sled, sledge, sleigh(verb)
a vehicle mounted on runners and pulled by horses or dogs; for transportation over snow
ride (on) a sled
A vehicle on runners, used for conveying loads over the snow or ice.
A small, light vehicle with runners, used, mostly by young persons, for sliding on snow or ice.
To ride a sled.
Origin: From sledde, from or sledde (cf. Dutch slee, slede, Low German Sleden), from slidô (cf. East Frisian sliede, German Schlitten, Norwegian slede). Related to slide.
a vehicle on runners, used for conveying loads over the snow or ice; -- in England called sledge
a small, light vehicle with runners, used, mostly by young persons, for sliding on snow or ice
to convey or transport on a sled; as, to sled wood or timber
Origin: [Akin to D. slede, G. schlitten, OHG. slito, Icel. slei, Sw. slde, Dan. slde, and E. slide, v. See Slide, and cf. Sledge a vehicle, Sleigh.]
A sled, sledge, or sleigh is a land vehicle with a smooth underside or possessing a separate body supported by two or more smooth, relatively narrow, longitudinal runners that travels by sliding across a surface. Most sleds are used on surfaces with low friction, such as snow or ice. In some cases, sleds may be used on mud, grass, or even smooth stones. They may be used to transport passengers, cargo, or both. Shades of meaning differentiating the three terms often reflect regional variations depending on historical uses and prevailing climate. In Britain the three terms are generally quite similar in meaning, although sledge usually refers to a smaller sled, used mostly for freight, one that can generally transport no more than one or two persons with only a limited amount of cargo. Sledges may be pulled by dogs or other smaller animals, although confusingly a sledge pulled by a dog in British English is often referred to as a dog-sled. A small recreational sled, pulled by humans, can also be referred to as a sledge. Sleigh remains largely a synonym for sled regardless of its capacity. In American usage sled remains the general term but often implies a smaller device, often for recreational use. Sledge implies a heavier sled used for moving freight or massive objects, while sleigh typically refers to a moderate- to large-sized, usually open-topped vehicle equipped with one or more passenger seats, essentially a cold-season alternative to a carriage or wagon, typically drawn by horses or by reindeer.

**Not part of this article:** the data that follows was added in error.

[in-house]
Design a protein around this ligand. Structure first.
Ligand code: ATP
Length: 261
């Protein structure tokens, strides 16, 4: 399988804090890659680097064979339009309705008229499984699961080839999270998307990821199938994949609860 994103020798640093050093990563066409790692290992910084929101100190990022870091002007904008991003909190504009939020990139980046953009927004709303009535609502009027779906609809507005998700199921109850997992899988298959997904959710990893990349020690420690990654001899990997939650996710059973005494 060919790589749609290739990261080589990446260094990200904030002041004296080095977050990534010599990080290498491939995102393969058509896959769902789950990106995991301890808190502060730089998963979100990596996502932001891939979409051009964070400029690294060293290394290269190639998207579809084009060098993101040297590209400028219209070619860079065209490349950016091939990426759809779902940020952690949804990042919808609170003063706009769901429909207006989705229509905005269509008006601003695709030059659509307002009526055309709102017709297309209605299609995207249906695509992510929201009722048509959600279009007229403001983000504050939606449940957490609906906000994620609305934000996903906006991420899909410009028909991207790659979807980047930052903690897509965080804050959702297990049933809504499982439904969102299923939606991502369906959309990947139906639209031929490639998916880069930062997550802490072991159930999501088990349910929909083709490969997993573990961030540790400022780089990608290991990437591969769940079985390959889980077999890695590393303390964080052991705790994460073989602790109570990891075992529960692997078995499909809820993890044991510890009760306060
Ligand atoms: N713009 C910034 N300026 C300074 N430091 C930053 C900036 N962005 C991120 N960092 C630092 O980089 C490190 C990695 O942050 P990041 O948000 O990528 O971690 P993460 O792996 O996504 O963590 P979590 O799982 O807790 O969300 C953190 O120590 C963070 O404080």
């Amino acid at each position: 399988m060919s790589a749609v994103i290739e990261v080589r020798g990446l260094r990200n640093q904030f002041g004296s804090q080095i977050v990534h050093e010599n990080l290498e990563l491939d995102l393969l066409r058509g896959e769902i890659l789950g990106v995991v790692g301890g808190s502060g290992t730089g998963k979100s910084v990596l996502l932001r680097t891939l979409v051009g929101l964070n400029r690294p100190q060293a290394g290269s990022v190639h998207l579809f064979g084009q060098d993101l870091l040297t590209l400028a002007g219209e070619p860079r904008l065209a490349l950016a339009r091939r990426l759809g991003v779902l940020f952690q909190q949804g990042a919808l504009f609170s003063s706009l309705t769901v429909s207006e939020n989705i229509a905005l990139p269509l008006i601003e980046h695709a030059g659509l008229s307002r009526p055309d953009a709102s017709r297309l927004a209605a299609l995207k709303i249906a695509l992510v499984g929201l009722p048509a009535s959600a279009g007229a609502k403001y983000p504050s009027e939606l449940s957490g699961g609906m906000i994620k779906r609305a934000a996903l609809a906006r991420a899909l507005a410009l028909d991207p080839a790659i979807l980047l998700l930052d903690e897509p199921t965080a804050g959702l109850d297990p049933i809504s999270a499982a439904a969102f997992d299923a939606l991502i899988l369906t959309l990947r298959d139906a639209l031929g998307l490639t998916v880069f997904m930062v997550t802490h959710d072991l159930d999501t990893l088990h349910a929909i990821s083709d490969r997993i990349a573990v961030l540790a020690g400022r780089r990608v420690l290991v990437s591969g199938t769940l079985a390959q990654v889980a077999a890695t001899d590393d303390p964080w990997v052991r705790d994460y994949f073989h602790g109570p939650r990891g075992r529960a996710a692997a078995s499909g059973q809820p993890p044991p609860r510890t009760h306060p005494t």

Chambers 20th Century Dictionary
sled, Sledge, slej, n. a carriage with runners made for sliding upon snow: a sleigh: anything dragged without wheels along the ground.—v.t. and v.i. to convey, or to travel, in a sled.—p.adj. Sled′ded (Shak.), sledged.—ns. Sled′ding, the act of transporting on a sled; Sledge′-chair, a chair mounted on runners for ice. [Ice. sledhi; from a root seen in A.S. slídan, to slide.]
The Standard Electrical Dictionary
A contact for electric cars of the conduit system. It is identical with the plow, q.v., but is drawn after the cars instead of being pushed along with them.
What does SLED stand for? -- Explore the various meanings for the SLED acronym on the Abbreviations.com website.
The numerical value of SLED in Chaldean Numerology is: 6
The numerical value of SLED in Pythagorean Numerology is: 4
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